A thread ensues, with much rumbling about “othering,” “whiteness” and “racism.” Needless to say, Ms Vasudevan’s own website merrily tells us where she’s from. The thing we’re not allowed to take an interest in, however fleetingly.
Being fashionably progressive, and a New York Times contributor, Ms Vasudevan has learned to use the words “white” and “whiteness” quite a lot, generally with pejorative connotations. On account of her not being racist, you see. Her interests, we’re told, are “colonialism, race, and climate change.” She also makes a point of telling us that she lives on “Arapaho and Cheyenne land,” i.e., in Denver.
Update, via the comments:
As noted before, following this somewhat related item, the people who insist on these woke protocols act as if they themselves had never had to make polite, albeit clumsy conversation, or had to get to know someone with, at least initially, some pretty simple, even dumb, questions.
A couple of years ago, I was at a family party, to which a niece had brought a Spanish exchange student who was staying with her. It was a large gathering, and the young woman looked a little daunted and left-out. Her English was fairly limited and my Spanish non-existent, so our conversation, such as it was, was fairly basic. In between offering her drinks and sandwiches, etc., and several awkward smiles, I distinctly recall asking some pretty inane questions. I like to think she understood that I was trying to make her feel welcome. Rather than just some bigot, or a dumbass with no conversational flair.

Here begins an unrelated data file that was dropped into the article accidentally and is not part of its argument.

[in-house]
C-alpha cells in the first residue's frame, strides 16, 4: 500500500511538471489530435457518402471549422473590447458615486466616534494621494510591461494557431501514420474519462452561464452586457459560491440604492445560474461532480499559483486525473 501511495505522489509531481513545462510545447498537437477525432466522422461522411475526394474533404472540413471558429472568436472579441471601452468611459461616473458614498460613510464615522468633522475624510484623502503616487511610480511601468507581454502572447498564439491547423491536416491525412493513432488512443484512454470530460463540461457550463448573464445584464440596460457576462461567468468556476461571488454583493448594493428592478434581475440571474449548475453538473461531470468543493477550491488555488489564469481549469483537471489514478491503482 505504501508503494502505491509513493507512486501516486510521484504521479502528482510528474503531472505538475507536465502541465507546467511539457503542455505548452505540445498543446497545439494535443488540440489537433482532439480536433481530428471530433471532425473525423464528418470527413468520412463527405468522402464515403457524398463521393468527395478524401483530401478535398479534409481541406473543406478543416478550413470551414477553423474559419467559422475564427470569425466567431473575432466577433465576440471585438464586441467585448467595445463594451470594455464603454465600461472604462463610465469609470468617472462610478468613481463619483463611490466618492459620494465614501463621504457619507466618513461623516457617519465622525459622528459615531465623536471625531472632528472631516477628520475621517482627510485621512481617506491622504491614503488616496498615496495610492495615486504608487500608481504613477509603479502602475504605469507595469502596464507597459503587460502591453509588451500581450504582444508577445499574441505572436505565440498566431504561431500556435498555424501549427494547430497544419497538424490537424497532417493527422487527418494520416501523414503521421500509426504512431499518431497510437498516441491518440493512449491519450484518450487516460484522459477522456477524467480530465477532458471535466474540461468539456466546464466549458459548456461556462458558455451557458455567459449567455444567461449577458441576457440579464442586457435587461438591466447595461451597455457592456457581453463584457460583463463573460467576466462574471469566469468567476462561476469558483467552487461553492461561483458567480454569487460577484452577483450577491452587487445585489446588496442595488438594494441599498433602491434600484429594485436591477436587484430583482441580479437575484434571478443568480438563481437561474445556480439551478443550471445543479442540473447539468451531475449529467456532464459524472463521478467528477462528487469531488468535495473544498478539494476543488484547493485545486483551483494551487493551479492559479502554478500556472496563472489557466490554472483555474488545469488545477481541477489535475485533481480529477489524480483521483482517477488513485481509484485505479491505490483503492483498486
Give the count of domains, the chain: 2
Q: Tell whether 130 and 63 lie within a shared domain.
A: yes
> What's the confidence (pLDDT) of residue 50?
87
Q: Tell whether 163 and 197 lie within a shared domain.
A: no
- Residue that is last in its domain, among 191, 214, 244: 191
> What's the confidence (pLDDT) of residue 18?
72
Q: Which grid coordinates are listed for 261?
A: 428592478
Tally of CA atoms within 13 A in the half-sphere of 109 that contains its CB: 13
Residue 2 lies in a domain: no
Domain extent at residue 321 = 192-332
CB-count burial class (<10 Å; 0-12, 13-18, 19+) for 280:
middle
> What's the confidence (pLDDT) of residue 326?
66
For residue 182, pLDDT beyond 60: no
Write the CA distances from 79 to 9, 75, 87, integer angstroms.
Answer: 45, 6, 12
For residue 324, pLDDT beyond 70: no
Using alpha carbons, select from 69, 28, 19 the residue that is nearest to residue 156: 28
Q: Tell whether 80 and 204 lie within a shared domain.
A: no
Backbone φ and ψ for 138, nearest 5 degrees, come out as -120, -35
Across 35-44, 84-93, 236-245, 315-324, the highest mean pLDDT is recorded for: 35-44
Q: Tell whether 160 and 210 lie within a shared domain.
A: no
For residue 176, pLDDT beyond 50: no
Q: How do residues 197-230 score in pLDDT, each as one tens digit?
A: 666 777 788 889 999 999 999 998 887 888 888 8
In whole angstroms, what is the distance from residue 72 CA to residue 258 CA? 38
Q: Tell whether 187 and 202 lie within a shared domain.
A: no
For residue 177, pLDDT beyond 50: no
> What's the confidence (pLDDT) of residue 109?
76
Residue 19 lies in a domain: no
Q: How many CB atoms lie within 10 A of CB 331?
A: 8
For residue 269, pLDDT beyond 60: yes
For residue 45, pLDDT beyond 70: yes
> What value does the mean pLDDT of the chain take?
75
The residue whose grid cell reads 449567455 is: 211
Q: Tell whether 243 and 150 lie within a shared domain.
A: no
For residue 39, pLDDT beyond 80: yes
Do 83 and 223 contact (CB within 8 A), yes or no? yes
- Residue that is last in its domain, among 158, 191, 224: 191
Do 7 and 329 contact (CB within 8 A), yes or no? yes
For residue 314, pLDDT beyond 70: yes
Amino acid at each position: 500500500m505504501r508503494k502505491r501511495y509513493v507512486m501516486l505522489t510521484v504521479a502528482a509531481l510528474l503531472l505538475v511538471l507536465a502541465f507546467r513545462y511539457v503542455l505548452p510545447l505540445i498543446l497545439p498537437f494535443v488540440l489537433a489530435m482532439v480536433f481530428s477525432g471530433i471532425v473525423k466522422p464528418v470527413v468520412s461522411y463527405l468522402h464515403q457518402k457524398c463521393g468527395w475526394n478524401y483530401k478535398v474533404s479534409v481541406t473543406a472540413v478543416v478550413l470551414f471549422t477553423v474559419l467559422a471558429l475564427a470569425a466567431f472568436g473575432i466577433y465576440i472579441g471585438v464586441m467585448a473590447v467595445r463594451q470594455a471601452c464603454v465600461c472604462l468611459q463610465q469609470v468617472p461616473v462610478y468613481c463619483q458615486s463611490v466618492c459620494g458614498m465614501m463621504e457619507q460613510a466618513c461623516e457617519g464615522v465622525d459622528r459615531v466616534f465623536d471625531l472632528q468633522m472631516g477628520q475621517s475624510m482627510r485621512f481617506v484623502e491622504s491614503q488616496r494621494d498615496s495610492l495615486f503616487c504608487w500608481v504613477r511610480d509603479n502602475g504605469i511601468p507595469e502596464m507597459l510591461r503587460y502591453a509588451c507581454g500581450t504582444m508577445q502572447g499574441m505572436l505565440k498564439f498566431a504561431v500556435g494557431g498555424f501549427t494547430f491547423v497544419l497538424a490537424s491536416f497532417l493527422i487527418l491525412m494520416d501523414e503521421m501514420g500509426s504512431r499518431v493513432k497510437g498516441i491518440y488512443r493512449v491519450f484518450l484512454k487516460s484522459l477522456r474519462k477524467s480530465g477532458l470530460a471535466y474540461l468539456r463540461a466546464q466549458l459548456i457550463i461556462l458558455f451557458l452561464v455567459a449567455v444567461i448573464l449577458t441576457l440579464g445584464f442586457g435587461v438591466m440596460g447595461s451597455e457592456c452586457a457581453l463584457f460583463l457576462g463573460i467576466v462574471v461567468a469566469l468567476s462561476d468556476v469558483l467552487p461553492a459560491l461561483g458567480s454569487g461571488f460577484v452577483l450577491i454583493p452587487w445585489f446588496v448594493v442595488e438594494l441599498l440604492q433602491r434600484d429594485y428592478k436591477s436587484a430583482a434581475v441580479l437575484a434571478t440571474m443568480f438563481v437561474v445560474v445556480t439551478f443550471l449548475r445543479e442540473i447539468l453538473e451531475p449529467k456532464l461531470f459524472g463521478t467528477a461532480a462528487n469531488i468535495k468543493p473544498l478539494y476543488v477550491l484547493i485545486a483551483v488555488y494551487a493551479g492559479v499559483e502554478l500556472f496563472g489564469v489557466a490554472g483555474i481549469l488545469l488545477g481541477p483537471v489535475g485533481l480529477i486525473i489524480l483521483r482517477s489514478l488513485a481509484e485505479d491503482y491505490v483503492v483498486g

Again, as so often, the umbrage seen above is pretentious and implicitly non-reciprocal. If I were to migrate to live in, say, South Korea and Korean people sometimes asked me where I was from, even if they did this several years after my arrival, I wouldn’t think it inherently impolite or malicious. It might get a little hackneyed, a little boring, but I very much doubt that it would make me feel “sick, frustrated, and uncomfortable.” And were I to get all pissy and indignant about being asked this humdrum question, I suspect Ms Vasudevan and her peers would be ready to scold me for my “privilege” and “fragility,” my “whiteness.”
And yet even this simple role-swapping isn’t considered - or isn’t considered an acceptable line of thought. Which possibly says something about wokeness. And the kinds of people it attracts.
Consider this an open thread. Share ye links and bicker.